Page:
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  • Writer's pictureSusannah Powers Stengel

Good Place, Bad Ending: Series Finale Effs the Ineffable

RANT/RECAP


Spoilers For: I explore many of the show's ultimate finale failures here. #sorrynotsorry

“Damn it Janet. What the fork? I should be ready, but I’m not.”


Crossing the threshold to the unknowable beyond.

Letting go of all ties, all fantasies, all limitless possibilities.


Rad, soulful fodder for meditation--not top content for comedy.


When it comes to ending a story, why do we feel the urge to have the answer to every question? Why must we demystify the mystery of continuing consciousness?


When you choose to over-explain the unexplainable, the ineffable, well, you're probably going to get effed.

In "Whenever You're Ready" The Good Place's struggling, infuriating, and often insufferably slow fifty-three minute finale, I squirmed in my seat. I found myself irritated by the story's desperate grasp to be all-knowing, perfect, and complete. I was not at all satiated by the supposed end of each character's curiosity and bliss, and I felt patronized by the finale's Hallmarkian pseudo-tensions, and over-explanatory farewell-humping "goodbye sweetie" structure. Eleanor and Michael aren't ready to cross the set's basic forest archway threshold to the beyond, and clearly, nor are The Good Place Writers. Y'all. Hurry the transcendental fork up!


Even after Eleanor, Michael, Tahani, Chidi, Janet, and Jason save the world in a silly good court case led by the dishonorably delicious cosmic judge Maya Rudolph, we stay to watch as our heroic ensemble reap the eternal reward. WE LITERALLY WATCH THEM GET EVERYTHING THEY WANT AND GROW BORED OF THEIR HAPPINESS BEFORE OUR VERY EYES--all in 1.5 to 2ish episodes.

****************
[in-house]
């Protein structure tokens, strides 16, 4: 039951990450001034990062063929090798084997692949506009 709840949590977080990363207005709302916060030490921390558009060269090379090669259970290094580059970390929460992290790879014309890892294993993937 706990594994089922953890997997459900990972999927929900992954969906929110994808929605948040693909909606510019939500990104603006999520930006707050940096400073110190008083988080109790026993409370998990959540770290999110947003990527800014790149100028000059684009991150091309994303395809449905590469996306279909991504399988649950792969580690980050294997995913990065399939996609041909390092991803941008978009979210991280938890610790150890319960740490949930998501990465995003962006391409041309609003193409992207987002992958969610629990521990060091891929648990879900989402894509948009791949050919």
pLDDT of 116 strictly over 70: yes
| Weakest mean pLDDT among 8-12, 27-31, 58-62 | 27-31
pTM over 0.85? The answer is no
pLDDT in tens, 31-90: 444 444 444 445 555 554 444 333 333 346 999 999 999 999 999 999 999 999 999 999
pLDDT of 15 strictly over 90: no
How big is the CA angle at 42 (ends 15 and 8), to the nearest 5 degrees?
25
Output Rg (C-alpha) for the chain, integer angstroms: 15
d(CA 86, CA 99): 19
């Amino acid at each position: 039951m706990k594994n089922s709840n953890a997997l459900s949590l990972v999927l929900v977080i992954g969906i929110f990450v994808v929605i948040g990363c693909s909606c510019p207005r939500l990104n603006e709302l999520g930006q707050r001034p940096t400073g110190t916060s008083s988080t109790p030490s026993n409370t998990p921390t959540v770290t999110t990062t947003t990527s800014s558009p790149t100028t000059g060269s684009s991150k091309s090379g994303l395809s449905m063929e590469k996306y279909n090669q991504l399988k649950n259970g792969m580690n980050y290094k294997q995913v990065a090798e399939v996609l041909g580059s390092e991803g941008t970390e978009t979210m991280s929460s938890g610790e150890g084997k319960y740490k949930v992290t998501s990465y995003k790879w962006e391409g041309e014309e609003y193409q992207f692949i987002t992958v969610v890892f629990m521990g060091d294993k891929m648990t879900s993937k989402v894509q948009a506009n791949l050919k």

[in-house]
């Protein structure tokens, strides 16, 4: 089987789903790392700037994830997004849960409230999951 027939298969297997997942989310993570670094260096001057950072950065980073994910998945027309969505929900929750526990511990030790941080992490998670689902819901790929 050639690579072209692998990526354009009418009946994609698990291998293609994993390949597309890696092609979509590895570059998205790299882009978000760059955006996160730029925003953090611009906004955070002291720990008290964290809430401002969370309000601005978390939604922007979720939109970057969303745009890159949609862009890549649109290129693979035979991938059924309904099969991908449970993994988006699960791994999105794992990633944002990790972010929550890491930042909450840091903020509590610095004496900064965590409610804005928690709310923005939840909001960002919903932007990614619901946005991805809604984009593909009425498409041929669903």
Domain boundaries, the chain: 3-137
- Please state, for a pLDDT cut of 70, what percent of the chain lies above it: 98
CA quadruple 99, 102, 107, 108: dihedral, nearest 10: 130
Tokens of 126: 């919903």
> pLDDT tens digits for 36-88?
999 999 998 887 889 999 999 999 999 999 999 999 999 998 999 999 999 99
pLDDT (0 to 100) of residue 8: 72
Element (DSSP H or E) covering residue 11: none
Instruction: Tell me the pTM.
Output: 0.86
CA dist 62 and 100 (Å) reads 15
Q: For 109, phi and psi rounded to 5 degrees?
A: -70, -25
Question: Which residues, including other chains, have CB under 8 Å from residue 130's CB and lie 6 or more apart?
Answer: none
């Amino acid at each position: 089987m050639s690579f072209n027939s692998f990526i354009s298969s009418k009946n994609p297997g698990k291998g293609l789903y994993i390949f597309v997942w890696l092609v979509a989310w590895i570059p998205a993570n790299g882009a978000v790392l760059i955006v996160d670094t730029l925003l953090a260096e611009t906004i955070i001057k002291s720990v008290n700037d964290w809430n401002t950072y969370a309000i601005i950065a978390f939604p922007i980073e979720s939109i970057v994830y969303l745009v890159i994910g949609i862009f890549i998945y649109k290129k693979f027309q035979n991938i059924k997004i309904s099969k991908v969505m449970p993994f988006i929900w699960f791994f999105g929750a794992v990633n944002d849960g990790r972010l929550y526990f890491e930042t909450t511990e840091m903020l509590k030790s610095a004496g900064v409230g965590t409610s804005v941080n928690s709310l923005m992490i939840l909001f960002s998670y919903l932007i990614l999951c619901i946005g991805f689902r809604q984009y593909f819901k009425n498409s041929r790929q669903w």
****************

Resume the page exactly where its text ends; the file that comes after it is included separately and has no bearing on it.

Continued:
Image Source: Cheat Sheet

The Demon Shawn (Marc Evan Jackson) and Bad Janet (D'Arcy Carden) had their balls cut good.


All the team's formidable Bad Place foes lost in court. Thereafter we learn that peace and easiness reign. All rules of balance are upheld. Cool. Cool. Cool. But why are we still rolling camera? What the hell is this--The Return of the King? Why am I watching an eternal happily ever after? Don't they know the rule that all comedies end at the wedding?


"Whenever You're Ready" is happily-ever-after gone sour with the weight of the infinite. We watch each character choose to MOVE ON. Whatever that means.


Does them deciding to move on mean we get to watch all the cool shit they did to get them to this peak moment of unfathomable, final bliss?

No. NO COOL IMMORTAL EXISTENCE SHIRT FOR YOU, GOOD AUDIENCE! They gipped us of all the highs and then they threw us in to the philosophical deep end. Enjoy. WAAA.


Well, when you know you're ready to move on, you just know right?

Well . . . not exactly. In one of the episode's many pre-arch-crossing-funereal-champagne-farewell parties, Tahani goes from waxing poetic on her total peace to the sudden realization that she is destined to continue her eternal existence and become a great architect of the universe. Mmmkay.


Does moving on get explained? Like is it infinite energy or some shit? Can we get some more on that?

Nope.


Are we expected to care about moving on?

Yep.


Do Eleanor and Chidi go together?

No. We have to watch them break up when he moves on first. Fun. Not.


Is it funny?

Hell in a hand basket archway NO.


Why are you so angry, Susannah?

Because:


They don’t earn it.


They make us give up on and let go of their characters when we see how seemingly shallow their interest is in exploring the infinite.


The complex concepts they rush to integrate as finishing plot glue are rushed and sloppy, and yet, introduced in a hackneyed bye-for-now-one-at-a-time death format that drags on and on and on.


In the end, I begged it to be over.


To quote my partner as he watched Eleanor smile-cry as she flipped thru a Jeremy Beremy calendar of sexy Chidis:


"I don’t understand what heartstring they’re trying to pull."


Despite my salt and dismay about its fatal, fishy finale, I loved most of the first 50 episodes of The Good Place. I loved the infinite Dereks, and the moral hijinks galore. Mostly, I loved the demonic and fully loving humanity of its stunning ensemble. That final script was a chunky turd, though. Alas.


The Lesson of Televised Eternal Moral Ascension: Don't tell me it's possible to get bored of all my dreams coming true. It will make me sick.

Signature Sting Rating for "Whenever You're Ready"

1/5 tentacles



Image Sources:



NBC Entertainment Twitter Page


How else did The Good Place eff the ineffable? Fight me or back me. Re-mystify what I call hackneyed. I dare you.


Philosophize my ass in the comments below.


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